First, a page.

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Sustainability not just a catch phrase in King

May 27, 2015   ·   0 Comments

Members of the Sustainability Advisory Committe include Joel Carcone, Councillor David Boyd, Brent King, John Bartella, Councillor Avia Eek, Susan Beharriell, Susan Lloyd Swail, Councillor Debbie Schaefer, Nancy Belo Gomes (Vice Chair), Tashko Sarakinov and Rick Sikorski  (Chair).

By Mark Pavilons
King Township is serious about its long-term sustainability.
The term could almost be synonymous for this idyllic place at the edge of the largest urban centre in the country.
Armed with its grassroots Integrated Community Sustainability Plan, King has embedded certain fundamentals into its long-range vision.
It’s not enough to simply have a playbook; everyone has a role to play in ensuring this township’s healthy future.
According to Rick Sikorski, chair of King’s Sustainability Advisory Committee (SAC), this sense that encompasses the broader sustainability is almost like a community value. It’s about embracing where you live and working actively to ensure King’s way of life.
Since the Plan’s launch in the spring of 2012, the message appears throughout King’s guiding documents, and in every staff report submitted to council. It’s a core value, a raison d’etre in many ways.
The nature of sustainability is that it’s “hard slugging” Sikorski admitted, but committee members, staff and residents are constantly working for our betterment.
Sikorski wants to create an audit, to see just where the township is in terms of its achievements, goals and direction.
The beauty of the Sustainability Plan, the process that created it and the current SAC is the “diversity of voices.” It makes the guidelines even stronger, Sikorski pointed out. He’s always eager to hear alternative points of view.
“Good ideas come from everywhere, not just experts,” he observed.
They have to pick their battles, while at the same time, paying attention to all four “pillars” of the plan – environment, socio-culture, economy and finance. It covers everything from transportation and climate change to managing growth and respecting our heritage.
Sustainability King is charged with making sure the messages are conveyed to everyone who comes here, including new residents and large corporations. This message contains exactly what King expects from its stakeholders. It’s the motivation to “stand up and say ‘respect the place,’” he said.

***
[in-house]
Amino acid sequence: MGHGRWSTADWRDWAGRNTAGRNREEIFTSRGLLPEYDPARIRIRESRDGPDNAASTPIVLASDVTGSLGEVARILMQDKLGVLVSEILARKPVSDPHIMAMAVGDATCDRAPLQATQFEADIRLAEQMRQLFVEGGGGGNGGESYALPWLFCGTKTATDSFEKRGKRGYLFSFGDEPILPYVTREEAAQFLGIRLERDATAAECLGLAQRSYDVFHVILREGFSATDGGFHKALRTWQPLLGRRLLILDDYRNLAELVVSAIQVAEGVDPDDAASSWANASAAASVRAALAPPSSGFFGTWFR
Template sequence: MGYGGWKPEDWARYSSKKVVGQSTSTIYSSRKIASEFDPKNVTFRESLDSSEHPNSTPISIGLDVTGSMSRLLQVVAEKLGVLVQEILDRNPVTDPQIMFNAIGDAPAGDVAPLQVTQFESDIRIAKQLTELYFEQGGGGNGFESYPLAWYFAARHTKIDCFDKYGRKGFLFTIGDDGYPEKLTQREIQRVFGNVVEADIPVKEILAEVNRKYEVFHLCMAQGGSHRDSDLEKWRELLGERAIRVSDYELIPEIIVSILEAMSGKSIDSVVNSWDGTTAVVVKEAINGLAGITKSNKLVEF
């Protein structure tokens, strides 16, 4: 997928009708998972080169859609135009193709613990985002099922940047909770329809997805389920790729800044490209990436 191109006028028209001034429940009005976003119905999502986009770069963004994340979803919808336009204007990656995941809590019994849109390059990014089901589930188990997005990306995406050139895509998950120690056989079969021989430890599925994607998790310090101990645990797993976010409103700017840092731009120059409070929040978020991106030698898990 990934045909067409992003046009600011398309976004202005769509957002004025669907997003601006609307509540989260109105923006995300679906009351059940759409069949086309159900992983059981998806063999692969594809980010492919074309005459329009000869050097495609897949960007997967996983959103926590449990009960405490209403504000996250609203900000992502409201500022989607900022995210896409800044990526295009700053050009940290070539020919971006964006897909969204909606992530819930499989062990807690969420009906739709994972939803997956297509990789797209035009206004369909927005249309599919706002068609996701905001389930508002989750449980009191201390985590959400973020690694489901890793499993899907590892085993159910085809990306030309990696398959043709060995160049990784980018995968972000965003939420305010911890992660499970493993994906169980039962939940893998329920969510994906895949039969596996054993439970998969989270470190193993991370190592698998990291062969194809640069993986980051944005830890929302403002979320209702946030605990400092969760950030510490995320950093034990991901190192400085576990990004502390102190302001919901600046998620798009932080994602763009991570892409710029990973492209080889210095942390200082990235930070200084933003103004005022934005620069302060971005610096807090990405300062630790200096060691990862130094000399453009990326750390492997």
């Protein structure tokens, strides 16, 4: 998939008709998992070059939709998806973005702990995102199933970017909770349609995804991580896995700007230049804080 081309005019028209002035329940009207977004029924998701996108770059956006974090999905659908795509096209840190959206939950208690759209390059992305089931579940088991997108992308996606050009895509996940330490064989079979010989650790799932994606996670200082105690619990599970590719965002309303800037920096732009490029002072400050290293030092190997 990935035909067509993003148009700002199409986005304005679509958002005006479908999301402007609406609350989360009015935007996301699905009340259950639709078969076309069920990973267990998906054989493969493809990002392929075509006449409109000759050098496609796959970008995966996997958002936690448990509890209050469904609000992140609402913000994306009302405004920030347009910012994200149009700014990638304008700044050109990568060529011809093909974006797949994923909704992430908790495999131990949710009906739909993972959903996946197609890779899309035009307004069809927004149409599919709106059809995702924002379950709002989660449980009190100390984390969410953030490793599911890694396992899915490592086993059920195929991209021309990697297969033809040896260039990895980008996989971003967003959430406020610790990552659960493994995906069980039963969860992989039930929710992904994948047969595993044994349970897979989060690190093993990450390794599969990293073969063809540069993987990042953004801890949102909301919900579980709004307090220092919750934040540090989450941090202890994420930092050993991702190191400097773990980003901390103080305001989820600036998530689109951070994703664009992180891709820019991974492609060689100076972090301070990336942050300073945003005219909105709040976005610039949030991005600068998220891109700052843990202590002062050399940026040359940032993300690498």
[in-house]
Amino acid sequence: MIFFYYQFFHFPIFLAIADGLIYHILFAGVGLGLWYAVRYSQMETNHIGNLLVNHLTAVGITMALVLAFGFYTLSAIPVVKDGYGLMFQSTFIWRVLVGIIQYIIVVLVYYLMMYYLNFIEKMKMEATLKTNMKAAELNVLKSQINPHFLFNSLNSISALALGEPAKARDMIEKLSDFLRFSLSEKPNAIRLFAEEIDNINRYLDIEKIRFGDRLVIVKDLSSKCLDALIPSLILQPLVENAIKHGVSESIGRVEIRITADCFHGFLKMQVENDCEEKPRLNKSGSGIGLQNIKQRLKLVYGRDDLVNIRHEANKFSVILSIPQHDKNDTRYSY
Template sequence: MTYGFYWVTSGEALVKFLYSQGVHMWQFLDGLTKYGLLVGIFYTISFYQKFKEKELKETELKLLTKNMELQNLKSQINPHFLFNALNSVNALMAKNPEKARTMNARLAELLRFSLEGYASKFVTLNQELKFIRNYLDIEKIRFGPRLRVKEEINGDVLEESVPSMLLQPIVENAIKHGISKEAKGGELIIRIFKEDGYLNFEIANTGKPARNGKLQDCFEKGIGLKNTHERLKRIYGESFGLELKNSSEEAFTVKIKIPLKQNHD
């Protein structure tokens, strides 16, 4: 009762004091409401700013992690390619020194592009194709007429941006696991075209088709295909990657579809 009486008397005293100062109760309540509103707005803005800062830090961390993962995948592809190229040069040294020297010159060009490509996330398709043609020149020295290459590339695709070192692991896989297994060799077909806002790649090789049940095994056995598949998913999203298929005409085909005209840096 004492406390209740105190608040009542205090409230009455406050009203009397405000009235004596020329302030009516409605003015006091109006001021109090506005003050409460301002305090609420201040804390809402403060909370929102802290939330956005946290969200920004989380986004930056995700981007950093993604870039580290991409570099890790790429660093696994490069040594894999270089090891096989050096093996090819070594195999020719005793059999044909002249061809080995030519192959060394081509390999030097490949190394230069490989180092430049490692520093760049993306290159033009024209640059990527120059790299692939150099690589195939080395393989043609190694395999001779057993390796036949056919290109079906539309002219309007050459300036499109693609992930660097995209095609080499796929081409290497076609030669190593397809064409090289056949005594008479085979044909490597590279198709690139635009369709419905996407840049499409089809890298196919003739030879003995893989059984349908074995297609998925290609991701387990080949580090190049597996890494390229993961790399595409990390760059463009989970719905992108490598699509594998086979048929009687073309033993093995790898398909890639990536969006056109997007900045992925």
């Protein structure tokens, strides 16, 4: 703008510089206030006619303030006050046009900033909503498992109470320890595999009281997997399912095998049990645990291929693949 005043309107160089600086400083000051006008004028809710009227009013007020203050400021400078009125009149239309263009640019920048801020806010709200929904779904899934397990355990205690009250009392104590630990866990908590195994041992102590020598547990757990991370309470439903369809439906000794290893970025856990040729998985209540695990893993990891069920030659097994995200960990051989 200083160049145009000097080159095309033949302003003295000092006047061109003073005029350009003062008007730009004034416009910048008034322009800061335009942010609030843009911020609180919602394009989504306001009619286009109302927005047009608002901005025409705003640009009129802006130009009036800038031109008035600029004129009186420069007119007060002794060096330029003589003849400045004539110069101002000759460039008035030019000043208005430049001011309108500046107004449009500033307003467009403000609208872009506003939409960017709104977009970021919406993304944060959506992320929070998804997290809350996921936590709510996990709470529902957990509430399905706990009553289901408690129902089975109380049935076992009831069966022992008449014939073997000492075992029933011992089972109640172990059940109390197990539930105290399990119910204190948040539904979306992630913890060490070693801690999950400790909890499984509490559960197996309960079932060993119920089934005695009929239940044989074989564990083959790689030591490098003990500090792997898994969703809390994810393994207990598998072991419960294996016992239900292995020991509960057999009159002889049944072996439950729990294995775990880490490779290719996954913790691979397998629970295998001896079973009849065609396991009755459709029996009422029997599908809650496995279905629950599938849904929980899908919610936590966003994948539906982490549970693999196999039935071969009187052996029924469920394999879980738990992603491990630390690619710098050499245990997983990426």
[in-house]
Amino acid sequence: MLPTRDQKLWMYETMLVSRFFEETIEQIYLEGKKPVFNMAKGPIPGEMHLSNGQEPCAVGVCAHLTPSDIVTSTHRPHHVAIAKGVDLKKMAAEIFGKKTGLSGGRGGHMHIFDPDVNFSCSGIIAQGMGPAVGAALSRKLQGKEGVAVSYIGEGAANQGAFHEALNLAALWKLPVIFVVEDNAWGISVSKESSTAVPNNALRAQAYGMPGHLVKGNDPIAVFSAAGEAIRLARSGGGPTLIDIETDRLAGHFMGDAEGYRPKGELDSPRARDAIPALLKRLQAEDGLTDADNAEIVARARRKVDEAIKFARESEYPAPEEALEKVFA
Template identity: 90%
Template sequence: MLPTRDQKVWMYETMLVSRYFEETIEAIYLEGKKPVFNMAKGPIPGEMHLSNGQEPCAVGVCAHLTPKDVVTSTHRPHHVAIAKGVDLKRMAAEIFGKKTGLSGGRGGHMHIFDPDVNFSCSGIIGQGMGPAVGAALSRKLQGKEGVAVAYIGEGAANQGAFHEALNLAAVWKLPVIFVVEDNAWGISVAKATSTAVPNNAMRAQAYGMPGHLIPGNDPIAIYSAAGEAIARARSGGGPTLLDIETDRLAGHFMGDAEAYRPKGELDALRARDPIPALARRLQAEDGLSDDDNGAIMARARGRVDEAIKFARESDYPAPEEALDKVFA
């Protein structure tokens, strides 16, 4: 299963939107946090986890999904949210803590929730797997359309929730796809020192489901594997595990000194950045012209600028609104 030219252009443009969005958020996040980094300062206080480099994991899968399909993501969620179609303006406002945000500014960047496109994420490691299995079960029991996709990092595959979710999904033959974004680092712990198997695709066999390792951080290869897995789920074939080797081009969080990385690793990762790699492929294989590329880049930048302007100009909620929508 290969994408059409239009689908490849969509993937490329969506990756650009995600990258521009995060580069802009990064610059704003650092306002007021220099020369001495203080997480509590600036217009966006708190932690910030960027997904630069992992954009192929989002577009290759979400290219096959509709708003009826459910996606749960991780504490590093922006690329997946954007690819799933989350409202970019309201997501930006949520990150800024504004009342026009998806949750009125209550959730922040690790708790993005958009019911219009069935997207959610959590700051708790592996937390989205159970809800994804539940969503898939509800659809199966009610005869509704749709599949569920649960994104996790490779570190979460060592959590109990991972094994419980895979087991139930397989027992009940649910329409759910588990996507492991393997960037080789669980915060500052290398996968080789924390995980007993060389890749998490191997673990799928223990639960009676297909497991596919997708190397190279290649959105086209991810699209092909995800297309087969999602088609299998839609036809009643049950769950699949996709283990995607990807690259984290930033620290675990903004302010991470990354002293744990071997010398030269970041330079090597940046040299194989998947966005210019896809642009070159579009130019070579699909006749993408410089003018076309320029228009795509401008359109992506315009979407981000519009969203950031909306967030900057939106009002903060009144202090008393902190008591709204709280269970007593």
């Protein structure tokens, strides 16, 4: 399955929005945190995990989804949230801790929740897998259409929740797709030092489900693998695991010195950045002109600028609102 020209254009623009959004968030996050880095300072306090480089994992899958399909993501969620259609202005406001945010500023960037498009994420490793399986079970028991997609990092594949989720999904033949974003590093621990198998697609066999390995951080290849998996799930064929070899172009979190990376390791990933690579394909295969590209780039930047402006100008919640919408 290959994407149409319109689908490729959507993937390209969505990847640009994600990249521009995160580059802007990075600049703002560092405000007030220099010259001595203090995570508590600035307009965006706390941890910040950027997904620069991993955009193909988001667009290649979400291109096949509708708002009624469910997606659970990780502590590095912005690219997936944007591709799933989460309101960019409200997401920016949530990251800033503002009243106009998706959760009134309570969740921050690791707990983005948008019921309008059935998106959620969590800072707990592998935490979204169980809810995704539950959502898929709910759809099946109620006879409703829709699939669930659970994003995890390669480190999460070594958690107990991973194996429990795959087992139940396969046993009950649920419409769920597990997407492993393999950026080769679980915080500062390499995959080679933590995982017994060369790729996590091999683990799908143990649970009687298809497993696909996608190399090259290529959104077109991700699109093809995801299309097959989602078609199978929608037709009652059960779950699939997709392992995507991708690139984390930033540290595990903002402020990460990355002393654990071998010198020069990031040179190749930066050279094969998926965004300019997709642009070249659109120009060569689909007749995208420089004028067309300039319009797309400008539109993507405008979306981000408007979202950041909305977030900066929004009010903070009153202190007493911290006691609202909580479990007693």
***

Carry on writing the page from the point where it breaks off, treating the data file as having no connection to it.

Sikorski also wants to create indicators to measure the plan’s progress. He wants to find new ways to engage youth and ensure that our young people understand sustainability and carry the torch. They want to help “kids feel good about where they live” and “fight for it.”
Environmentally speaking, protection of our natural environment will continue as “long as people stand up to protect it.”
Development pressures will continue to be huge and King remains a very desirable place to be.
Sikorski, a senior staffer with Toronto and Region Conservation, uses his knowledge and network to “bring it where I live.”
All of the committee members bring a cornucopia of skills to the table.
SAC members sit a term concurrent to that of council, running through 2018.
SAC was established in the fall of 2012 and is responsible for guiding the implementation of the Plan.
The committee consists of Councillors Avia Eek, Debbie Schaefer and David Boyd. Community members include Nancy Belo Gomes, Brent King, Susan Lloyd Swail, John Bartella,  Joel Carcone, Tashko Sarakinov and Susan Beharriell.
The meetings are held the last Tuesday of the month at the Township office and the public is invited to attend.
King, unlike its urban neighbours, has a very strong connection with the land. This concept may be quite foreign to urbanites who relocate here. Sustainable King can help them understand the intricacies of this lifestyle.
Sikorski also sees preserving the past as an important piece to the puzzle. The Lloydtown Rebellion of 1837 is a big part of Canadian history. The Lloydtown Rebellion was part of the Upper Canada Rebellion. During the 1830s, Lloydtown was well known as a site for reform sympathisers, and regular meetings were hosted by Jesse Lloyd. On Nov. 24, 1837, a final meeting to review plans was held between Lloyd and William Lyon Mackenzie. Hoping to take advantage of the departure of troops to Lower Canada in response to the Lower Canada Rebellion, Mackenzie had planned to seize a government arms cache in York on Dec. 7.
And it all began in our community. This story needs to be remembered and retold.
The committee offers support to community events and gives them a “sustainability lens.” It’s a catalyst for others, including the Township itself. They are advisors and public ambassadors.
Committee members are also willing to speak at local events and to local community groups and non-profit organizations.
“This is why we exist,” Sikorski observed.
King’s sustainability is a group effort. Together, we can all contribute to the next chapter of King’s success story.
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